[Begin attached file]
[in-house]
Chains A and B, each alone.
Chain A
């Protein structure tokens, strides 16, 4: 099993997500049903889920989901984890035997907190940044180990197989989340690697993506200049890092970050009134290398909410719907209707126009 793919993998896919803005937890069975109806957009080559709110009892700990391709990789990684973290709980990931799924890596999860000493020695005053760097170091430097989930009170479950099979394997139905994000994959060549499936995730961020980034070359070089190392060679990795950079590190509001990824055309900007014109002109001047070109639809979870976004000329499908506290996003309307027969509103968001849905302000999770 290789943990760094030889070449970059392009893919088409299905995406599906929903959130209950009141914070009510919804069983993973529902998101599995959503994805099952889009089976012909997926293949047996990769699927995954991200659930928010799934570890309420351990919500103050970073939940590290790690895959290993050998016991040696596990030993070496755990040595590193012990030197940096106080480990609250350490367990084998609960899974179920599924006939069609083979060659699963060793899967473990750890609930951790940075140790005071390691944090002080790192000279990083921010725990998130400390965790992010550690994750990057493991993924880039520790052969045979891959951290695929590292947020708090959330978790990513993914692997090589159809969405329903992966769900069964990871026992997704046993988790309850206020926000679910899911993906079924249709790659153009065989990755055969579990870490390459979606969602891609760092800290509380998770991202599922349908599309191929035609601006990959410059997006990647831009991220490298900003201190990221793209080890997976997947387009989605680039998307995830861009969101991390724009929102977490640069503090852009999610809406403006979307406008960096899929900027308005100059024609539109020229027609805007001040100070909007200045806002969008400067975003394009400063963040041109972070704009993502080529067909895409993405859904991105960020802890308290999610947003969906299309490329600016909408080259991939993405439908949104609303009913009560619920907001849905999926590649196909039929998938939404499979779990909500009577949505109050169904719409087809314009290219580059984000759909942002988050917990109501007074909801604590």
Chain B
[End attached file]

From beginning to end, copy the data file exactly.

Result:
[in-house]
Chains A and B, each alone.
Chain A
């Protein structure tokens, strides 16, 4: 099993997500049903889920989901984890035997907190940044180990197989989340690697993506200049890092970050009134290398909410719907209707126009 793919993998896919803005937890069975109806957009080559709110009892700990391709990789990684973290709980990931799924890596999860000493020695005053760097170091430097989930009170479950099979394997139905994000994959060549499936995730961020980034070359070089190392060679990795950079590190509001990824055309900007014109002109001047070109639809979870976004000329499908506290996003309307027969509103968001849905302000999770 290789943990760094030889070449970059392009893919088409299905995406599906929903959130209950009141914070009510919804069983993973529902998101599995959503994805099952889009089976012909997926293949047996990769699927995954991200659930928010799934570890309420351990919500103050970073939940590290790690895959290993050998016991040696596990030993070496755990040595590193012990030197940096106080480990609250350490367990084998609960899974179920599924006939069609083979060659699963060793899967473990750890609930951790940075140790005071390691944090002080790192000279990083921010725990998130400390965790992010550690994750990057493991993924880039520790052969045979891959951290695929590292947020708090959330978790990513993914692997090589159809969405329903992966769900069964990871026992997704046993988790309850206020926000679910899911993906079924249709790659153009065989990755055969579990870490390459979606969602891609760092800290509380998770991202599922349908599309191929035609601006990959410059997006990647831009991220490298900003201190990221793209080890997976997947387009989605680039998307995830861009969101991390724009929102977490640069503090852009999610809406403006979307406008960096899929900027308005100059024609539109020229027609805007001040100070909007200045806002969008400067975003394009400063963040041109972070704009993502080529067909895409993405859904991105960020802890308290999610947003969906299309490329600016909408080259991939993405439908949104609303009913009560619920907001849905999926590649196909039929998938939404499979779990909500009577949505109050169904719409087809314009290219580059984000759909942002988050917990109501007074909801604590």
Chain B